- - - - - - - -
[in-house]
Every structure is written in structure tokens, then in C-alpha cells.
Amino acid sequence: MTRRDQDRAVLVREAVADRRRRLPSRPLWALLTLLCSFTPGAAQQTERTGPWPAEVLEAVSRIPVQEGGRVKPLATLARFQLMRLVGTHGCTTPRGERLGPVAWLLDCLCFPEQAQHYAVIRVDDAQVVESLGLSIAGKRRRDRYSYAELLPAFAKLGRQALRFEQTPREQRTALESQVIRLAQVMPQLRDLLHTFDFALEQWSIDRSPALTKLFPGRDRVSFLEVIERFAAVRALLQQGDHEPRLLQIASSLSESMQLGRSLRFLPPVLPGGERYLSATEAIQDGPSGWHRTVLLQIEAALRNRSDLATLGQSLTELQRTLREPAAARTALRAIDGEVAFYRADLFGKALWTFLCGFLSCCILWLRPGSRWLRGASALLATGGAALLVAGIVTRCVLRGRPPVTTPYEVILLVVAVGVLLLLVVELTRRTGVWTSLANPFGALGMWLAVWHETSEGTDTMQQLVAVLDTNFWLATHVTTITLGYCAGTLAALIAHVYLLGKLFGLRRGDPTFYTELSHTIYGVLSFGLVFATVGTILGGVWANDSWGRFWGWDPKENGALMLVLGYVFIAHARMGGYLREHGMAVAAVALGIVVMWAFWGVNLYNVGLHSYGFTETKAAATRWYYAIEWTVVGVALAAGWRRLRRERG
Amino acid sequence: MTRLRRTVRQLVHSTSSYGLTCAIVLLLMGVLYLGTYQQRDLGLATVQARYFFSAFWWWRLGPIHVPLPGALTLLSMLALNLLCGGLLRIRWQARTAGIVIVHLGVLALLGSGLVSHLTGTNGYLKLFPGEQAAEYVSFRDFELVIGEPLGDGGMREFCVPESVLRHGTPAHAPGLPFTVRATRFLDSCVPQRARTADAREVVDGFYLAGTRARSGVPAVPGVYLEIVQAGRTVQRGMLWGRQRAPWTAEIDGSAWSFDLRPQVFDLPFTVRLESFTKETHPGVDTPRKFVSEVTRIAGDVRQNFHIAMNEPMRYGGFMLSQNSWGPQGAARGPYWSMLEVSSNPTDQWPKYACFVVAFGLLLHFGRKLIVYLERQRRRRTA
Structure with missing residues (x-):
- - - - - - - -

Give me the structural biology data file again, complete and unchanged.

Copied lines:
[in-house]
Every structure is written in structure tokens, then in C-alpha cells.
Amino acid sequence: MTRRDQDRAVLVREAVADRRRRLPSRPLWALLTLLCSFTPGAAQQTERTGPWPAEVLEAVSRIPVQEGGRVKPLATLARFQLMRLVGTHGCTTPRGERLGPVAWLLDCLCFPEQAQHYAVIRVDDAQVVESLGLSIAGKRRRDRYSYAELLPAFAKLGRQALRFEQTPREQRTALESQVIRLAQVMPQLRDLLHTFDFALEQWSIDRSPALTKLFPGRDRVSFLEVIERFAAVRALLQQGDHEPRLLQIASSLSESMQLGRSLRFLPPVLPGGERYLSATEAIQDGPSGWHRTVLLQIEAALRNRSDLATLGQSLTELQRTLREPAAARTALRAIDGEVAFYRADLFGKALWTFLCGFLSCCILWLRPGSRWLRGASALLATGGAALLVAGIVTRCVLRGRPPVTTPYEVILLVVAVGVLLLLVVELTRRTGVWTSLANPFGALGMWLAVWHETSEGTDTMQQLVAVLDTNFWLATHVTTITLGYCAGTLAALIAHVYLLGKLFGLRRGDPTFYTELSHTIYGVLSFGLVFATVGTILGGVWANDSWGRFWGWDPKENGALMLVLGYVFIAHARMGGYLREHGMAVAAVALGIVVMWAFWGVNLYNVGLHSYGFTETKAAATRWYYAIEWTVVGVALAAGWRRLRRERG
Amino acid sequence: MTRLRRTVRQLVHSTSSYGLTCAIVLLLMGVLYLGTYQQRDLGLATVQARYFFSAFWWWRLGPIHVPLPGALTLLSMLALNLLCGGLLRIRWQARTAGIVIVHLGVLALLGSGLVSHLTGTNGYLKLFPGEQAAEYVSFRDFELVIGEPLGDGGMREFCVPESVLRHGTPAHAPGLPFTVRATRFLDSCVPQRARTADAREVVDGFYLAGTRARSGVPAVPGVYLEIVQAGRTVQRGMLWGRQRAPWTAEIDGSAWSFDLRPQVFDLPFTVRLESFTKETHPGVDTPRKFVSEVTRIAGDVRQNFHIAMNEPMRYGGFMLSQNSWGPQGAARGPYWSMLEVSSNPTDQWPKYACFVVAFGLLLHFGRKLIVYLERQRRRRTA
Structure with missing residues (x-):